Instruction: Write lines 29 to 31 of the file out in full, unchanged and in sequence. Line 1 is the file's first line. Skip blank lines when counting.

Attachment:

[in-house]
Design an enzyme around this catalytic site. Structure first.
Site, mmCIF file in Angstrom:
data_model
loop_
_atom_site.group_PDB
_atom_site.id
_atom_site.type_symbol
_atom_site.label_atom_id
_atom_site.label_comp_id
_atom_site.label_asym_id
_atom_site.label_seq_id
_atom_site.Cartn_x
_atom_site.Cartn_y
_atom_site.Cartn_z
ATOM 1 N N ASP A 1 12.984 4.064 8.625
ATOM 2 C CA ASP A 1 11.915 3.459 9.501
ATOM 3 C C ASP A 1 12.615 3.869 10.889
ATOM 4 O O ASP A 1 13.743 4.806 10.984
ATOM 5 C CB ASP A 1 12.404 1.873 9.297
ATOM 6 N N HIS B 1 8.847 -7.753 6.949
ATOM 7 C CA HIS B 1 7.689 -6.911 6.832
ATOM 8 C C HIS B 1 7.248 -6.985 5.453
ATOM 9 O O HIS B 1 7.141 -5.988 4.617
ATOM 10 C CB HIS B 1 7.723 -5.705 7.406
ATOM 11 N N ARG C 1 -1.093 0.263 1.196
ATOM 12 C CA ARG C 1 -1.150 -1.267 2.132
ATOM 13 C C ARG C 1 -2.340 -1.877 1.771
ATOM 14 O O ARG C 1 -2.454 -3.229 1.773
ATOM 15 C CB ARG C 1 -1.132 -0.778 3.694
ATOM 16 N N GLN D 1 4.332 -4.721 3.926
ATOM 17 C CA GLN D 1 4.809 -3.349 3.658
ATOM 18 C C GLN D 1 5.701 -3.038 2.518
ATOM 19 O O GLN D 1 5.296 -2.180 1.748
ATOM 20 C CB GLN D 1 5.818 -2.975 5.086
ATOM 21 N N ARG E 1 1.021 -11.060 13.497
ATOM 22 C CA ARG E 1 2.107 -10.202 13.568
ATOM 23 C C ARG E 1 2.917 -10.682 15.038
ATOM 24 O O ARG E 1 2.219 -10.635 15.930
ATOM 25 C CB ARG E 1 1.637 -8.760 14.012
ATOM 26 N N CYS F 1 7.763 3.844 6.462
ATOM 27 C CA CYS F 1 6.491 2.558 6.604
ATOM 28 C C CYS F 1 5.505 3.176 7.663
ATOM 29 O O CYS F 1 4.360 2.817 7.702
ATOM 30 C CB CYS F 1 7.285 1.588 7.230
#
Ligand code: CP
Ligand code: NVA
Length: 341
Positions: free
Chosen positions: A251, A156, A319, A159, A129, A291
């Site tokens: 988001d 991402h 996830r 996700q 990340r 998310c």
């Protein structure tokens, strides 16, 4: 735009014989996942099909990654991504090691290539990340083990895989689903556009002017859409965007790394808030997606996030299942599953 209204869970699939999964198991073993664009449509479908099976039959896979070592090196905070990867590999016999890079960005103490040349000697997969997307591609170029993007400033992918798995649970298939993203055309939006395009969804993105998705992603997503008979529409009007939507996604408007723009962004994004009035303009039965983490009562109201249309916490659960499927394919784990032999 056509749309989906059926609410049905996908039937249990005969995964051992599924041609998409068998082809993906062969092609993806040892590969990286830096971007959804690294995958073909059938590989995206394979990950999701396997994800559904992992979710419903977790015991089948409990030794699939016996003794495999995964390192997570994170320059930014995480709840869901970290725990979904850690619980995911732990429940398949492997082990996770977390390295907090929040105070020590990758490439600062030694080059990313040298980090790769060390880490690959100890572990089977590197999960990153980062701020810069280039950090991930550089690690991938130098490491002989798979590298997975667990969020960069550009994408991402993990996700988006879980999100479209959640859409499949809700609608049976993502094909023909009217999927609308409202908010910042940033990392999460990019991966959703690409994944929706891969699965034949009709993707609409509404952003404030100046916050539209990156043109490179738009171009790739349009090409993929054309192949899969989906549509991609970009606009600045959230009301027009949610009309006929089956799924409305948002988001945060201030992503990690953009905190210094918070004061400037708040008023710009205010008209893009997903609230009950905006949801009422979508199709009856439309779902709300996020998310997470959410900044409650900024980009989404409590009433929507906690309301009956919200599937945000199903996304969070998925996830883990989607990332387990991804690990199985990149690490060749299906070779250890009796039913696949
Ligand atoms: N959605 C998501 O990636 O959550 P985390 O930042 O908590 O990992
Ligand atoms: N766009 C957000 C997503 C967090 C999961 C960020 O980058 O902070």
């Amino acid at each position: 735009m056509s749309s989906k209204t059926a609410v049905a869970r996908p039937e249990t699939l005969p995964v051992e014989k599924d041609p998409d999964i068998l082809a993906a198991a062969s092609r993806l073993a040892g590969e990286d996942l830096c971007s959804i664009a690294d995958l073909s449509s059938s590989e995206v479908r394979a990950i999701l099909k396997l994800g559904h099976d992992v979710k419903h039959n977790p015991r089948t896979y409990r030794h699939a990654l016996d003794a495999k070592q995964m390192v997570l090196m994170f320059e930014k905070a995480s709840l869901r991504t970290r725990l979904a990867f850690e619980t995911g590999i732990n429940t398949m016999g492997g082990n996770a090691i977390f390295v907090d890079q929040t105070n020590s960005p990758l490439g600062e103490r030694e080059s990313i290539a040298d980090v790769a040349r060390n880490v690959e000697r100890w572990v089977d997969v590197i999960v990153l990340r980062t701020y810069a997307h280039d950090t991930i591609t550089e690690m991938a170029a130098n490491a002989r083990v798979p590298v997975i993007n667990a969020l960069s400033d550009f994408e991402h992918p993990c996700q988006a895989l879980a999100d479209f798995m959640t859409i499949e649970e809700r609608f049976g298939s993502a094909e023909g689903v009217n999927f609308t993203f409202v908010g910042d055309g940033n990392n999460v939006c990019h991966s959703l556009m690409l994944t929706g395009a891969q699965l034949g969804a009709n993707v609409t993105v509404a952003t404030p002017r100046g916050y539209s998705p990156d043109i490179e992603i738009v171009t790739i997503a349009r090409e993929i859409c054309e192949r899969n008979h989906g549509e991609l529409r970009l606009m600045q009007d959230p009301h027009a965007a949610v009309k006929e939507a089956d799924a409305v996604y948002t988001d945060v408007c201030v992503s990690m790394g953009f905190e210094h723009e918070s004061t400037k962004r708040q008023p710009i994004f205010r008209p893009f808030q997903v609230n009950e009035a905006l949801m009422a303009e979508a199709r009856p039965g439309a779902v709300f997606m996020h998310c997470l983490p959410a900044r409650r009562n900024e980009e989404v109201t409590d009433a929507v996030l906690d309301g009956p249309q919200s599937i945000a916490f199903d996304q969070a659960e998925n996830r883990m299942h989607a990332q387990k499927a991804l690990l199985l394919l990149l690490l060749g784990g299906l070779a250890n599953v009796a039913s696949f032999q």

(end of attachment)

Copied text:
ATOM 14 O O ARG C 1 -2.454 -3.229 1.773
ATOM 15 C CB ARG C 1 -1.132 -0.778 3.694
ATOM 16 N N GLN D 1 4.332 -4.721 3.926